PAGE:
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Algal Blooms in Wisconsin

The Challenges of Phosphorus Reduction, Invasive Species, and Climate Change
Gloeotrichia echinulata colonies look like pale green to light olive-green pinhead-sized spheres in the water. Photo by Gina LaLiberte/DNR

Unsightly multi-colored algal blooms appeared earlier than usual on lakes across Wisconsin in the summer of 2012. Their premature arrival was induced in part by an exceptionally warm period in March when temperature records were set throughout the state. The unseasonably warm weather changed the trajectories of many natural communities. Door County’s cherry trees budded early, only to lose their blossoms during April’s hard freezes. Southerly winds associated with the warm spell brought migrating birds into the state, some at record early dates. In lakes throughout Wisconsin, the clock was springing forward for algal communities awaiting the start of the growing season, allowing them to take up nutrients and explode into growth earlier than usual.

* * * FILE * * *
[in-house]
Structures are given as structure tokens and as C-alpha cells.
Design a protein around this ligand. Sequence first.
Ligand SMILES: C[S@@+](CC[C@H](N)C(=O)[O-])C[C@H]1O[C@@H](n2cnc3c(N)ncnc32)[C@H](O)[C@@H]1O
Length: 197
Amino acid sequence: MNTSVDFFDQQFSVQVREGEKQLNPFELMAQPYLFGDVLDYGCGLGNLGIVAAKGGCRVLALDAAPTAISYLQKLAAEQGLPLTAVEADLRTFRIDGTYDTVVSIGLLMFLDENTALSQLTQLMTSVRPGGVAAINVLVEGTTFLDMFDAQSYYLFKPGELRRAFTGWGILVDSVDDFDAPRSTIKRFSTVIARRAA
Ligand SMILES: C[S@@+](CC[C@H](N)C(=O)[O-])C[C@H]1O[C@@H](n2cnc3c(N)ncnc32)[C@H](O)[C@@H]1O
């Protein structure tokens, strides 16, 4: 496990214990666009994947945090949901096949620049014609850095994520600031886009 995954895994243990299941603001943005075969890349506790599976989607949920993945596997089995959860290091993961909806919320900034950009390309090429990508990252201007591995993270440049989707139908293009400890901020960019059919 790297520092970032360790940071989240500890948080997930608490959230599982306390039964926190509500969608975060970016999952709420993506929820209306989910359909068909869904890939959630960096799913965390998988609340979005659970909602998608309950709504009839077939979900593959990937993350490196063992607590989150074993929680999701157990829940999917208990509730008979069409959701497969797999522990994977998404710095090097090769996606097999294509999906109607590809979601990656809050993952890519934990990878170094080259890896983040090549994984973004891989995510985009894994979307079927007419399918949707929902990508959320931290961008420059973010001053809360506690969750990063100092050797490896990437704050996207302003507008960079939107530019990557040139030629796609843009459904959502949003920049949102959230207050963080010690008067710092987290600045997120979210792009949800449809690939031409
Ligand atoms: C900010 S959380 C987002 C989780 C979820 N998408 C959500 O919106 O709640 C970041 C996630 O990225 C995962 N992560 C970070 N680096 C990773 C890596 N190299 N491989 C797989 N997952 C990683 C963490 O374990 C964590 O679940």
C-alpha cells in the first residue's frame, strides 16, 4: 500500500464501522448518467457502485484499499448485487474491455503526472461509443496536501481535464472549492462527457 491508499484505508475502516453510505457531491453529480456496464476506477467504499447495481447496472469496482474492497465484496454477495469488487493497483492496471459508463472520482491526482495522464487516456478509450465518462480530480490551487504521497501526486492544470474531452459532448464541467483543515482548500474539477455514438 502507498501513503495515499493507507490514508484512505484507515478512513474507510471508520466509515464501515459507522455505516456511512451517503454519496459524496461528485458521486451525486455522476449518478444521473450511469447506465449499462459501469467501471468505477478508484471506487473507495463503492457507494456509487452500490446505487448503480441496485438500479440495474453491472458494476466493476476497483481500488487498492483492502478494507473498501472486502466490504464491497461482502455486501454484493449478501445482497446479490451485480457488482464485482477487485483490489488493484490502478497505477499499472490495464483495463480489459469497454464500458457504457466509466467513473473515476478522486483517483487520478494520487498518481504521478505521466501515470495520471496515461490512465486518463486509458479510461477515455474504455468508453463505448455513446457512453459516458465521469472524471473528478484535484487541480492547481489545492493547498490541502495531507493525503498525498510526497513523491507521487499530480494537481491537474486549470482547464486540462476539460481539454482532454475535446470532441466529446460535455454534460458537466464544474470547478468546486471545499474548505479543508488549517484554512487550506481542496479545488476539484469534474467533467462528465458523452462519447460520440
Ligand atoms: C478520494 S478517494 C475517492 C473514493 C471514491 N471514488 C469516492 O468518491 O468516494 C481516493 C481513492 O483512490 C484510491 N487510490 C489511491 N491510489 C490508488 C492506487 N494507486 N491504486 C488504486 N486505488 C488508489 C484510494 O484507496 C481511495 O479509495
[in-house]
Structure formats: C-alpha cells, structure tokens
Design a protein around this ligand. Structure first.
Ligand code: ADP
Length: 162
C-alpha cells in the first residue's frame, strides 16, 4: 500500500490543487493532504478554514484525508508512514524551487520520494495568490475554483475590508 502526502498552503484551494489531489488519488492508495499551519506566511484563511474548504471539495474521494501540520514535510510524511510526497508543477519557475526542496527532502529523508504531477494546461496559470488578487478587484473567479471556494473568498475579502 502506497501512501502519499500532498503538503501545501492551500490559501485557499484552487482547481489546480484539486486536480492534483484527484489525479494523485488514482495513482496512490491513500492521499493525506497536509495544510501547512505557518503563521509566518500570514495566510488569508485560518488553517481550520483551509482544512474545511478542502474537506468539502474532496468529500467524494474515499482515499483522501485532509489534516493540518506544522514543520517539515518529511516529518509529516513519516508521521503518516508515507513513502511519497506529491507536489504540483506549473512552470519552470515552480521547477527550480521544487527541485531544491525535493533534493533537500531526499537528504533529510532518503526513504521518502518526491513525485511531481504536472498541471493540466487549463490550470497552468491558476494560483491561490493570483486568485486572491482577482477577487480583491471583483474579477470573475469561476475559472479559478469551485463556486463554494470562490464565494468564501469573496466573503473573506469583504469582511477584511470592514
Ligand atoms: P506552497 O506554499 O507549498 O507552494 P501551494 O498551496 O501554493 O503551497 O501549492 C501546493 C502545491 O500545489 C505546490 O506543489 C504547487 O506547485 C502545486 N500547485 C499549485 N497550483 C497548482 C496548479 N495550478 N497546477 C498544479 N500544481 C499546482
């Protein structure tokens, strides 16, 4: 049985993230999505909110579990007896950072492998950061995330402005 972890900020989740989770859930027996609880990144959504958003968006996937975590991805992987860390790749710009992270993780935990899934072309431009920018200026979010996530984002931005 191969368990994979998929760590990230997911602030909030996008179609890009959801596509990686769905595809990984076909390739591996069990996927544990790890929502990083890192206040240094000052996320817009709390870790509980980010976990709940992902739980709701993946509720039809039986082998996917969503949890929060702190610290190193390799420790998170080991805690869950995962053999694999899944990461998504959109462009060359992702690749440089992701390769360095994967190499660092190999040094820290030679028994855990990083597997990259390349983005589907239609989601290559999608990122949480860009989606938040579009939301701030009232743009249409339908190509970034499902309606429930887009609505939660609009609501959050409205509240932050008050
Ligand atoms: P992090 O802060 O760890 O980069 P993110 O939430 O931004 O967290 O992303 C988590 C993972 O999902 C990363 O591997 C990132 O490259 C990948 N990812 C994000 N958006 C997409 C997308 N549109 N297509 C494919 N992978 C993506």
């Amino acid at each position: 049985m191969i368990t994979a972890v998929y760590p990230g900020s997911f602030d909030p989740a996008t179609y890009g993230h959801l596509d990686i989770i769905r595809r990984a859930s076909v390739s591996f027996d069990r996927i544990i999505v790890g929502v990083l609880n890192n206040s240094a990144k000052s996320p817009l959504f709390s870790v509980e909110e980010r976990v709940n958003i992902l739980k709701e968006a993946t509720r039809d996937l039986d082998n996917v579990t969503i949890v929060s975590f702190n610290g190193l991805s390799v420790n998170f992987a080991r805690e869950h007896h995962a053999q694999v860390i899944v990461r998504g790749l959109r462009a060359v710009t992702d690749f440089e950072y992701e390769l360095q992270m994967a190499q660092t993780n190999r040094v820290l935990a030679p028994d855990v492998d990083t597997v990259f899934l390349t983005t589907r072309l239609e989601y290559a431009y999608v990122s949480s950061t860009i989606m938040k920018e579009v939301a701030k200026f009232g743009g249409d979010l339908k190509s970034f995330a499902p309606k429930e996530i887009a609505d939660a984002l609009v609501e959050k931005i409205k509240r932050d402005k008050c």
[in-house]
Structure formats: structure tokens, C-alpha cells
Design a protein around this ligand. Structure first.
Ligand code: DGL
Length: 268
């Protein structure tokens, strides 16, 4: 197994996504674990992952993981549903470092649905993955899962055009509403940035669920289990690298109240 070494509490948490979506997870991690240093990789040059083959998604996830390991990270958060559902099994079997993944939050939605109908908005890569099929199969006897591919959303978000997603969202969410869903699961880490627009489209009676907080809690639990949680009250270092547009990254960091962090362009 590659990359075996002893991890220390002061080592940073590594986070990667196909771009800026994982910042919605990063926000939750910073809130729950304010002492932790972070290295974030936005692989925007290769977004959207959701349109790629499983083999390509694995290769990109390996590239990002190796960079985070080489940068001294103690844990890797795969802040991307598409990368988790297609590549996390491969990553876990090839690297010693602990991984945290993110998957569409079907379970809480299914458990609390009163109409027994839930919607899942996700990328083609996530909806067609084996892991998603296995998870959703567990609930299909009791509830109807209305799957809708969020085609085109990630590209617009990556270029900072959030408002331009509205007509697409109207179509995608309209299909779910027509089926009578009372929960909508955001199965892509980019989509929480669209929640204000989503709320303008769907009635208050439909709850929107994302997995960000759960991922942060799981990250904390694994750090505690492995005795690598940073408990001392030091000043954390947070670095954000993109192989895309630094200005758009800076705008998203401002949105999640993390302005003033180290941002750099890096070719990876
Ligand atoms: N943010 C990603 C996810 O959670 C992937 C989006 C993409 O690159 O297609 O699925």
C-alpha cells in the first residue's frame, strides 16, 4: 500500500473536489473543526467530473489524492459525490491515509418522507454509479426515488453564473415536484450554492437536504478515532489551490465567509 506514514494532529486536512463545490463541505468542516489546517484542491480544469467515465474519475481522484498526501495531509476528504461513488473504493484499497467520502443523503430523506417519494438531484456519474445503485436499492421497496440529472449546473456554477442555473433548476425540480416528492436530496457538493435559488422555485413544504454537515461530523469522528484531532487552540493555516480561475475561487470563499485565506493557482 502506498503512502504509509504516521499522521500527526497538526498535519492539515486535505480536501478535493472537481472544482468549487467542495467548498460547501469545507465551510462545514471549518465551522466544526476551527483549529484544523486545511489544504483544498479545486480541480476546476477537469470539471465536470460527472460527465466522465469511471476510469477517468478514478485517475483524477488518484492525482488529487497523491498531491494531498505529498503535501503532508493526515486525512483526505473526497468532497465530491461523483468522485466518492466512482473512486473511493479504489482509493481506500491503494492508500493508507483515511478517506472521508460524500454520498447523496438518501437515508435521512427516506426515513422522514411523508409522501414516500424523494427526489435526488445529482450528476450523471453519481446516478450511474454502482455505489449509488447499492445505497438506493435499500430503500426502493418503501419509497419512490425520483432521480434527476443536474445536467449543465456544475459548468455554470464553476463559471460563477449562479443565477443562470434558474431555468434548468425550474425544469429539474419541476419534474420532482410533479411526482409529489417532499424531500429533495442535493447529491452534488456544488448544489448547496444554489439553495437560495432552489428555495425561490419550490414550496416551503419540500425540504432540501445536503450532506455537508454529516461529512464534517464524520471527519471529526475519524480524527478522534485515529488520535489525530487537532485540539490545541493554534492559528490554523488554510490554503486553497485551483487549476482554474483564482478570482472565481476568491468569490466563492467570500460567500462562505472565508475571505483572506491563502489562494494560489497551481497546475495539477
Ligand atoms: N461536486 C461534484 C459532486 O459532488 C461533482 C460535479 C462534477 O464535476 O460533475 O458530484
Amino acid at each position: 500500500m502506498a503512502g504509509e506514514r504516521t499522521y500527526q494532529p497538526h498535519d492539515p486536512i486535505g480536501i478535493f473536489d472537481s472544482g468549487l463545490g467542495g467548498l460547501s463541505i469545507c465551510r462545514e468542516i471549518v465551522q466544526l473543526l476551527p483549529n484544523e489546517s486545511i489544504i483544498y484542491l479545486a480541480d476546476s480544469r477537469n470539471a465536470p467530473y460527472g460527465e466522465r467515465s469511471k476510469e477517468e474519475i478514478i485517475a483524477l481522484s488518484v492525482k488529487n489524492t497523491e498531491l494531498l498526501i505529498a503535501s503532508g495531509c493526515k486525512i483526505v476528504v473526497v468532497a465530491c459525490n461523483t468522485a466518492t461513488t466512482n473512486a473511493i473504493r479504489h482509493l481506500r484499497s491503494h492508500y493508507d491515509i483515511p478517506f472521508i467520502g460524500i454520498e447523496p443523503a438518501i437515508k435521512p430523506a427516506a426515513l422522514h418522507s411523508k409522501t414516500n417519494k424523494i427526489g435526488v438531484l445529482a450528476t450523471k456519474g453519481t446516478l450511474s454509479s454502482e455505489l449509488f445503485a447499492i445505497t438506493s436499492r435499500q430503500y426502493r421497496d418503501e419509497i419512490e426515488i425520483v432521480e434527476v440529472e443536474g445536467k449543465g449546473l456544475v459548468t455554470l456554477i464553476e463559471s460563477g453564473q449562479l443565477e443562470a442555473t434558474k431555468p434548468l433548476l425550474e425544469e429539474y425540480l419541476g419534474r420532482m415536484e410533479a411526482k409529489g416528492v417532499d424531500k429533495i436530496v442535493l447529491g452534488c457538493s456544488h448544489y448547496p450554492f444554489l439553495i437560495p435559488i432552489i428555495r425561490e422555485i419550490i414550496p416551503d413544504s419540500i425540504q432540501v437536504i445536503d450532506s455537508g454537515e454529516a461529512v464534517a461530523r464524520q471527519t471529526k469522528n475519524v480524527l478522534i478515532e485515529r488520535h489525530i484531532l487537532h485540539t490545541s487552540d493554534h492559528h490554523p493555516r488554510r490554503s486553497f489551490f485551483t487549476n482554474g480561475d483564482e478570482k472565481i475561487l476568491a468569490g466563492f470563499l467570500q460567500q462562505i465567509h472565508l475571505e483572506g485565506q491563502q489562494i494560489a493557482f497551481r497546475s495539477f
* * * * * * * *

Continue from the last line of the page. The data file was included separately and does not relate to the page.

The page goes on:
Why algal blooms are a concern

Found in every aquatic system in Wisconsin, algae are important members of the food webs of our lakes and rivers. Using photosynthesis, algae make carbohydrates and oxygen from carbon dioxide and water. Algae (and their carbohydrates) are eaten by zooplankton, insects, snails, and the many other organisms that serve as the base of all aquatic food webs. We can also thank algae for the air we breathe today, which contains oxygen produced in part by algae. Algae require the nutrients phosphorus and nitrogen for growth, but when these nutrients are available in excess of their needs, populations can rapidly increase to nuisance levels in an algal bloom.